Early Detection of Hearing Loss in Children Coming to the North

If you have a child or children below 18 years old and suspect they need help for loss of hearing then you have help at your doorstep. It won’t cost
17 Feb 2018 11:00
Early Detection of Hearing Loss in Children Coming to the North
A member of the Frank Hilton audiology team examines a hearing ability of a young student.

If you have a child or children below 18 years old and suspect they need help for loss of hearing then you have help at your doorstep.

It won’t cost you anything. But it is understood that further expenses arising after diagnosis and special medication for after-care treatment have to be borne by parents.

Better still, if you live in the Northern Division the Frank Hilton audiology team will be conducting screening for hearing and ear health issues at the Labasa Special School on February 19 and 20, and Savusavu Special School on February 21.

This is in line with the Frank Hilton Organisation (FHO) vision to ensure early detection and intervention services for children with and at risk of acquiring a disabilities.

FHO chief executive officer Sureni Perera said: “If you feel your child requires a hearing check or if you are concerned that your child does not display age appropriate language development, or if your child constantly suffers from ear pain or ear infections and is between the ages 0-18, then please come over to the designated venues from 9am to 3pm.’’

The screening outreach in Special Schools was made possible through a Government grant which the Organisation received through the 2017-2018 National Budget.

The screening will ensure that all children enrolled at the special schools are screened, diagnosed and provided with necessary intervention.

Similar screenings conducted in Nadi and Lautoka last week attracted 150 cases.

The screenings will be conducted by visiting Ear, Nose and Throat specialists, assisted by local experts and technical staff sourced from Colonial War Memorial Hospital, in Suva.

FHO took on board audiologist Dr Donna Carkeet, from Ears Inc, an Australian organisation which is in a partnership with their Fiji counterpart.

Dr Carkeet said: “Early identification of ear and hearing problems is important to minimise their effects on education and speech and language development. It allows us to treat temporary hearing problems and commence rehabilitation for those with permanent hearing loss.”

Mrs Perera said: “This is the second round of screening of children in special schools undertaken by us. Last November we screened 300 children in six special schools in the West. Understanding that 50 per cent of hearing loss is preventable we strongly feel a proactive approach in identifying children at the earliest possible time will offer them better opportunities in later life”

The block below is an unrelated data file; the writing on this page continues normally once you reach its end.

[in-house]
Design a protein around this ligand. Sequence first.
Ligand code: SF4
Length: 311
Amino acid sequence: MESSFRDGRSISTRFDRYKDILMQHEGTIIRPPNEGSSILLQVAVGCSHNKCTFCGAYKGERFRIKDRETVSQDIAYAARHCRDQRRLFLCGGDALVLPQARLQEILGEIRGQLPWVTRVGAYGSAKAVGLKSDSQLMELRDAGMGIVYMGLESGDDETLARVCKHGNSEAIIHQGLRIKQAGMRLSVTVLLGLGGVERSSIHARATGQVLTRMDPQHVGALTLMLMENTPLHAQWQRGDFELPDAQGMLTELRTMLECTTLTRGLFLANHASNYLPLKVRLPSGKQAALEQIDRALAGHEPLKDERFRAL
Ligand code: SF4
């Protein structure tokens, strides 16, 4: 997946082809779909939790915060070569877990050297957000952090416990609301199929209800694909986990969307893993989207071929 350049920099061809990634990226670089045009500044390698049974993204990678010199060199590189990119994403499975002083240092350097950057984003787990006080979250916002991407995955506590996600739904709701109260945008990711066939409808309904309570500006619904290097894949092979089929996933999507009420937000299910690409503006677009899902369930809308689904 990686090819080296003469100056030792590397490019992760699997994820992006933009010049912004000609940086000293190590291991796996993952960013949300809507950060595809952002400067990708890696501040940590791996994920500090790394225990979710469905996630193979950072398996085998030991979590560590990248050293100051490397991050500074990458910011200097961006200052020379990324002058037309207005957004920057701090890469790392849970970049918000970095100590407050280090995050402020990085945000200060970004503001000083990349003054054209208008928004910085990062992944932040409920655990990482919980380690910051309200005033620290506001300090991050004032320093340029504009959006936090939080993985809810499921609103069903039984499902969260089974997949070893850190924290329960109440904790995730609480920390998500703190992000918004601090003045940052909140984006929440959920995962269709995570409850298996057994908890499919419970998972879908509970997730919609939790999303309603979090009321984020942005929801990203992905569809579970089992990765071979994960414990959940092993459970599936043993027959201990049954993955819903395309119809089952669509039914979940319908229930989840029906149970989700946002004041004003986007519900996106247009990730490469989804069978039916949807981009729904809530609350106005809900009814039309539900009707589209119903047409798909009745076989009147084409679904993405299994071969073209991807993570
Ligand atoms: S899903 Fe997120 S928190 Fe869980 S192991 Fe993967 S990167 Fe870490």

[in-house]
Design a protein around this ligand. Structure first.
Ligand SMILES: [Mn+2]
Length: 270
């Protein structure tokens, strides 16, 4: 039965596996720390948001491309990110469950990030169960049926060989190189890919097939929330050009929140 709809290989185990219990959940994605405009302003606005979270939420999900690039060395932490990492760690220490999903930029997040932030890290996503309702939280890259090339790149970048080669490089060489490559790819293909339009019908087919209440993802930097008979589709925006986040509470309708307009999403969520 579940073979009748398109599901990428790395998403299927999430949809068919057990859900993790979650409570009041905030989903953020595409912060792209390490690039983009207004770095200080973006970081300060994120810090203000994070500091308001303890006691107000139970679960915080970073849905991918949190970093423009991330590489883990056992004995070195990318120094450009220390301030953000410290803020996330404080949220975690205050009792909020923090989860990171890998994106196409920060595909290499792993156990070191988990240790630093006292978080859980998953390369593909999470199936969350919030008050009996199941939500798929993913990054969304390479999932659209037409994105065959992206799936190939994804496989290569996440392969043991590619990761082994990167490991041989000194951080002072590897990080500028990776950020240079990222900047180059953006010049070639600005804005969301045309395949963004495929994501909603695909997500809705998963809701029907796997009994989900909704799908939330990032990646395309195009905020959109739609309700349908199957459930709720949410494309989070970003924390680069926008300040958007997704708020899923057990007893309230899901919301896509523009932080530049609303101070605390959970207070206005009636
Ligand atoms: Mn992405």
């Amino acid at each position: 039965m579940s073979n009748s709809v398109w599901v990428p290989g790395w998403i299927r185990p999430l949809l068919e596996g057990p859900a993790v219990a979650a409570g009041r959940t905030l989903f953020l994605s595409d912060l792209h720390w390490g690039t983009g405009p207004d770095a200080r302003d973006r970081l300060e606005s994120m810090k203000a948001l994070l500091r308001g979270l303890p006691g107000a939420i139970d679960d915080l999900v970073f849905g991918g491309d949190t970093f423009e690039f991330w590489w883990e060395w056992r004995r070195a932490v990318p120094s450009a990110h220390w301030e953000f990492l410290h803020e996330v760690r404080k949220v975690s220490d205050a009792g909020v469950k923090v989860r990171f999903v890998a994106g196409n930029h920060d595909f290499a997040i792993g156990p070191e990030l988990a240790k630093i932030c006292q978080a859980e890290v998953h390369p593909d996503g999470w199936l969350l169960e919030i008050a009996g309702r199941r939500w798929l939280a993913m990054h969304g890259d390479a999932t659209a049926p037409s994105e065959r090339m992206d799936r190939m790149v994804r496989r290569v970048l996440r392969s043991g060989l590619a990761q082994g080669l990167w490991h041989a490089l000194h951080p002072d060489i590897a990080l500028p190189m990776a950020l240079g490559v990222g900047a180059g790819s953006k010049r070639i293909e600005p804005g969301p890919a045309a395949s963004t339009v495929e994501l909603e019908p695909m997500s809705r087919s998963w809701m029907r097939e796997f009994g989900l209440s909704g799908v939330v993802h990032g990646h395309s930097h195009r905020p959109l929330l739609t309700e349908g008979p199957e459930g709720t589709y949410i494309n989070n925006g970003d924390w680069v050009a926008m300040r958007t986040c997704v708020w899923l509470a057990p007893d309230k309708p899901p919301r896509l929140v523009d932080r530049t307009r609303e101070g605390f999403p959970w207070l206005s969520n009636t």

Mrs Perera said the organisation would ensure that those identified with or at risk of hearing loss receive the necessary follow up treatment and rehabilitation.

“We are also looking to equip children with hearing aids, train the teachers in maintenance and management of hearing aids within their schools and also conduct parent awareness programmes,’’ Mrs Perera said.

“We will also attempt to have teacher training workshops on appropriate communication and language development within classrooms to better support children with hearing loss”

Mrs Perera highlighted that the age for the children screened will be from birth to 18 years only as FHO is mandated to provide service to children.

The screening outreach in special schools was made possible through a government grant which the organisation received through the 2017-2018 National Budget.

Frank Hilton Organisation is a part of the Fiji Crippled Children’s Society, which has branches is Nausori, Ba, Lautoka and Labasa.

It has worked predominantly in Suva since the 1960s. The Frank Hilton Organisation also carries out an infant screening programme at the CWM Hospital’s NICU and out-patients department ensuring that infants at risk are screened at birth or soon after.

The organisation has grown rapidly during the past five years and has departments in physiotherapy, speech therapy and community support ensuring that children with disabilities receive a holistic range of services under one roof.

Source: Frank Hilton Organisation


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